"This is a place where you can play great football with great kids, as teammates, and get a fantastic degree. You can play in front of a 100,000 people. You can play on national TV. You can play where... every NFL team has been in here to scout our players already this year. You are going to play for a coaching staff that has NFL experience, National Championship experience."
Sanctions, bowl bans, and reduced scholarships all present a certain set of challenges that Penn State's closest competitors will not face, O'Brien acknowledged. He's lost top recruits like Zayd Issah, Dorian Johnson, and Ross Douglas through the course of the sanctions, but by and large, he continued, recruits have maintained a healthy interest in playing at Penn State.
"Okay, the numbers are not equal to the other teams out there. We understand that. As a staff we have to do a great job of understanding that," he said. "But at the end of the day, you know, I've been very, very impressed with the fact that (recruits) really, really enjoy being recruited by us, coming to the games here... watching us play. And being around (our players), when they come down the locker room after the game.
"So is it going to be hard? Yeah. Recruiting's hard. Recruiting's hard. But at the end of the day, I think there's a lot of good stuff."
According to linebacker Glenn Carson, O'Brien was honest with his players about the realities of the sanctions. Instead of selling a series of lies, however, the honesty led to a level of trust between players and coaches that now extends far beyond the football field.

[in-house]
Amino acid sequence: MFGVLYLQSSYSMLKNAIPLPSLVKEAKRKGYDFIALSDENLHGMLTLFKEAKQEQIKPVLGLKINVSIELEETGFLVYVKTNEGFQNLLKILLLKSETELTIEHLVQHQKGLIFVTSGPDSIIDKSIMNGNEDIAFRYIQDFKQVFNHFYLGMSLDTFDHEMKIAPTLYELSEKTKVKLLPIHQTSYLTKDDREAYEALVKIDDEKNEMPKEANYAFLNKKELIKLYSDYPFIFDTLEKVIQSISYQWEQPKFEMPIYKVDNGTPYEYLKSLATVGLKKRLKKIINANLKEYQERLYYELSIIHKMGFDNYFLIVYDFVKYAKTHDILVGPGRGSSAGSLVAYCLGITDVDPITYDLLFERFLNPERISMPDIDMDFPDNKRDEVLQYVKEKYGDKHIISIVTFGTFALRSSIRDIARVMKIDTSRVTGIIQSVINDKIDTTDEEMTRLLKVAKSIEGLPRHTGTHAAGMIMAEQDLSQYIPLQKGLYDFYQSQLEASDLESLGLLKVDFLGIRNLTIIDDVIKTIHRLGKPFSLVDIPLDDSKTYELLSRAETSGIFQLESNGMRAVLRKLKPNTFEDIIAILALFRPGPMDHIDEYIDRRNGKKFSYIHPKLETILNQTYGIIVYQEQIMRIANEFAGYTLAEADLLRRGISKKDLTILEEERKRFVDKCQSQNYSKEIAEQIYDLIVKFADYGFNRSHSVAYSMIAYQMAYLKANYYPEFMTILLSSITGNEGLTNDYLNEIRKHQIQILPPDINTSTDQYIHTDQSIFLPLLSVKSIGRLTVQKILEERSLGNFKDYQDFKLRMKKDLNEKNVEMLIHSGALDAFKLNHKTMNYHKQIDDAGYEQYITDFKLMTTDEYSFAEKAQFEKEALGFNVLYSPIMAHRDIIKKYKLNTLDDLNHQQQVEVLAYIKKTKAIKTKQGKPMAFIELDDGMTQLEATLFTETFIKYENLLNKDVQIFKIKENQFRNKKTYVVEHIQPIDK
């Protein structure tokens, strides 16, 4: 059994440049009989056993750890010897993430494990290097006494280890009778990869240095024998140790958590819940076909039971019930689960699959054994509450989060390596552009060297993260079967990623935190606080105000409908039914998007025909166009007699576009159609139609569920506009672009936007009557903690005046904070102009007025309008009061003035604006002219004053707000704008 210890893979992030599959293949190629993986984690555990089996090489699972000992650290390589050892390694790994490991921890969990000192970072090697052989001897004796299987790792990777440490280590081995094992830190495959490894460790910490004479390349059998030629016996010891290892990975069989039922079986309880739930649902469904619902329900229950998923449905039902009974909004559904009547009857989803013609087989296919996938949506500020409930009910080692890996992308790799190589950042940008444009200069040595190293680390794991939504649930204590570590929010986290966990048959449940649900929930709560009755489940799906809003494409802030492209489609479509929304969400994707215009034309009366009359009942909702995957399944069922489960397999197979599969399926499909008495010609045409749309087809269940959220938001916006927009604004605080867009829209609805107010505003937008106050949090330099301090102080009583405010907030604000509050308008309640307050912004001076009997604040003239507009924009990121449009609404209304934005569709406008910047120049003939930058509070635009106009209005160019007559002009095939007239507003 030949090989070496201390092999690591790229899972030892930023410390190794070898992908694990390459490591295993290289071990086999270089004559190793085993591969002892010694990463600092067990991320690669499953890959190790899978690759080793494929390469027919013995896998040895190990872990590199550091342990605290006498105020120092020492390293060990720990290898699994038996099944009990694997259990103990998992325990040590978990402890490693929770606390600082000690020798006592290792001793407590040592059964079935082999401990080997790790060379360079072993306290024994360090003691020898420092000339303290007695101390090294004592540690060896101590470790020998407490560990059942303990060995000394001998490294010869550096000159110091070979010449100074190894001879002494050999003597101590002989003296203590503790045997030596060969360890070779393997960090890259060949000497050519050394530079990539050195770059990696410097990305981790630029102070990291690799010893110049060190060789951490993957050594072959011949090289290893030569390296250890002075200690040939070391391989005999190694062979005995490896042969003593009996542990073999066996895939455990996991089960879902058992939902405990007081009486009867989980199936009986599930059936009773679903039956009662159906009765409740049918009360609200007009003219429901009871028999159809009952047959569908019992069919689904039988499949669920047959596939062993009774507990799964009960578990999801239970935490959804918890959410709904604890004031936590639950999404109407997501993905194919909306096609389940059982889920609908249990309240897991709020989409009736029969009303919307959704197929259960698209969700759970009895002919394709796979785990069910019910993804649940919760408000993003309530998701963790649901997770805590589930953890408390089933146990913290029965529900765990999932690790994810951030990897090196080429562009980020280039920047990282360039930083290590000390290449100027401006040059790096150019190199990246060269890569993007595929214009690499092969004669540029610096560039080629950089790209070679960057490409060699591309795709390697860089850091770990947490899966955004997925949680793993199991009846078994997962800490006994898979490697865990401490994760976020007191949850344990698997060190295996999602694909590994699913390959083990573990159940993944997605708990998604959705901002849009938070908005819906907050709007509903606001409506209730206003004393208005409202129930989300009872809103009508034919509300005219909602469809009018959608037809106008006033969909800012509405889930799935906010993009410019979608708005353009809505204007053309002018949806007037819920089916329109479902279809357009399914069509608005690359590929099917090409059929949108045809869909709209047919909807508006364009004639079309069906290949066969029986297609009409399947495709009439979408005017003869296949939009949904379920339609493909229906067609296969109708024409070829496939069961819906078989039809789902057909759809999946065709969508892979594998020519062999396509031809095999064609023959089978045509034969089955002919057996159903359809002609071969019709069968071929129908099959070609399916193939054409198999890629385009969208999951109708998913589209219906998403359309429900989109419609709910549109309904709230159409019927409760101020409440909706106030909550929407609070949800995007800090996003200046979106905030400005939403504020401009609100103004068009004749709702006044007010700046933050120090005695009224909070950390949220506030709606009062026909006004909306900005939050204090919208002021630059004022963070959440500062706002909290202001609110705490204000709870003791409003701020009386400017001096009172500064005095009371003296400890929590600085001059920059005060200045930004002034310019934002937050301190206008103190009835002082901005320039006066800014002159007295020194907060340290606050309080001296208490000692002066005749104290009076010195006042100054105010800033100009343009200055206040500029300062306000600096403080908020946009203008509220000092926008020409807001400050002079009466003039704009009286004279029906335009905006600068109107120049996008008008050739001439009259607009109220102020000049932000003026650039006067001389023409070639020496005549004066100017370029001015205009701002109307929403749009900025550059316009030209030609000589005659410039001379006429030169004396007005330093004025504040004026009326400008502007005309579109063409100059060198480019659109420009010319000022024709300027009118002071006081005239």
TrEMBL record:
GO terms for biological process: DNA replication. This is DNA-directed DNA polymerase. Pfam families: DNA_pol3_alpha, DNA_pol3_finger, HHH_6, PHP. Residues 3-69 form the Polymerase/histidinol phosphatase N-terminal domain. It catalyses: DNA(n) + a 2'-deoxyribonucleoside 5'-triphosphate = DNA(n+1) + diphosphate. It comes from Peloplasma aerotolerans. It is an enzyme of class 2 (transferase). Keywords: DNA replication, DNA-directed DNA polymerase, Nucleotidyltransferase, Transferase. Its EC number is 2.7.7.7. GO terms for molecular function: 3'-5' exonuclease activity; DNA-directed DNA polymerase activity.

"During the sanction time, he basically came right out and said this isn't easy," Carson said. "He was honest to all the players that were on the fence about leaving or not, and he was upfront about what's going to happen. He was just completely honest of everything that we were going to face.
"It was kind of a hard pill to swallow during that time, but he was honest with everybody and just left it in their hands whether they wanted to stay or they wanted to leave.
"But, in the end he also told us the benefits of staying. I mean, this is a great place. I know Coach O'Brien touched on it earlier of how great Penn State is and why so many kids stayed and why kids will continue to come here."
According to O'Brien, the product that has emerged this season has garnered attention from places across the country.
If the tone O'Brien has set from the moment he stepped on campus continues, that won't change.
"It's this whole group of guys, how hard they play. I'm not going to mention names, but after the last couple games, I've gotten a lot of phone calls from non‑Penn State people telling me how much they enjoy watching this team play," O'Brien said. "I don't know what's going to happen this year. I'm not a genie. But people enjoy watching this team play because of the effort with which they play. They play like their hair is on fire every play."
With nothing to play for but themselves, imagine what Penn State football will look like when the sanctions are eventually lifted.